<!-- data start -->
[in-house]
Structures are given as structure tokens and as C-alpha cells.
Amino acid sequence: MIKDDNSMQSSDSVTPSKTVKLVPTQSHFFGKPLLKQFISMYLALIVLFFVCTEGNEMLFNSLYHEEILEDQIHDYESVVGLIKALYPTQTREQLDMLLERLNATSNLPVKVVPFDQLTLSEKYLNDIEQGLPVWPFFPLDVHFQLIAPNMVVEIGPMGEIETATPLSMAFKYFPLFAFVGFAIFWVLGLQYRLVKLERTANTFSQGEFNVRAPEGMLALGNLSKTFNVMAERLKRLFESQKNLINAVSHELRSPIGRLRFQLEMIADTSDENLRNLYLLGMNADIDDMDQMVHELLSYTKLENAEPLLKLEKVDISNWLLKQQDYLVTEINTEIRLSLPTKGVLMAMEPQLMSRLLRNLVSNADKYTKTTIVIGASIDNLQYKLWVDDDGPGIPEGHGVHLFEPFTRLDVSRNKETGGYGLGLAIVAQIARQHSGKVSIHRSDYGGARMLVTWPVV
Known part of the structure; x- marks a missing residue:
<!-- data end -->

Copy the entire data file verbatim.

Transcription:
[in-house]
Structures are given as structure tokens and as C-alpha cells.
Amino acid sequence: MIKDDNSMQSSDSVTPSKTVKLVPTQSHFFGKPLLKQFISMYLALIVLFFVCTEGNEMLFNSLYHEEILEDQIHDYESVVGLIKALYPTQTREQLDMLLERLNATSNLPVKVVPFDQLTLSEKYLNDIEQGLPVWPFFPLDVHFQLIAPNMVVEIGPMGEIETATPLSMAFKYFPLFAFVGFAIFWVLGLQYRLVKLERTANTFSQGEFNVRAPEGMLALGNLSKTFNVMAERLKRLFESQKNLINAVSHELRSPIGRLRFQLEMIADTSDENLRNLYLLGMNADIDDMDQMVHELLSYTKLENAEPLLKLEKVDISNWLLKQQDYLVTEINTEIRLSLPTKGVLMAMEPQLMSRLLRNLVSNADKYTKTTIVIGASIDNLQYKLWVDDDGPGIPEGHGVHLFEPFTRLDVSRNKETGGYGLGLAIVAQIARQHSGKVSIHRSDYGGARMLVTWPVV
Known part of the structure; x- marks a missing residue: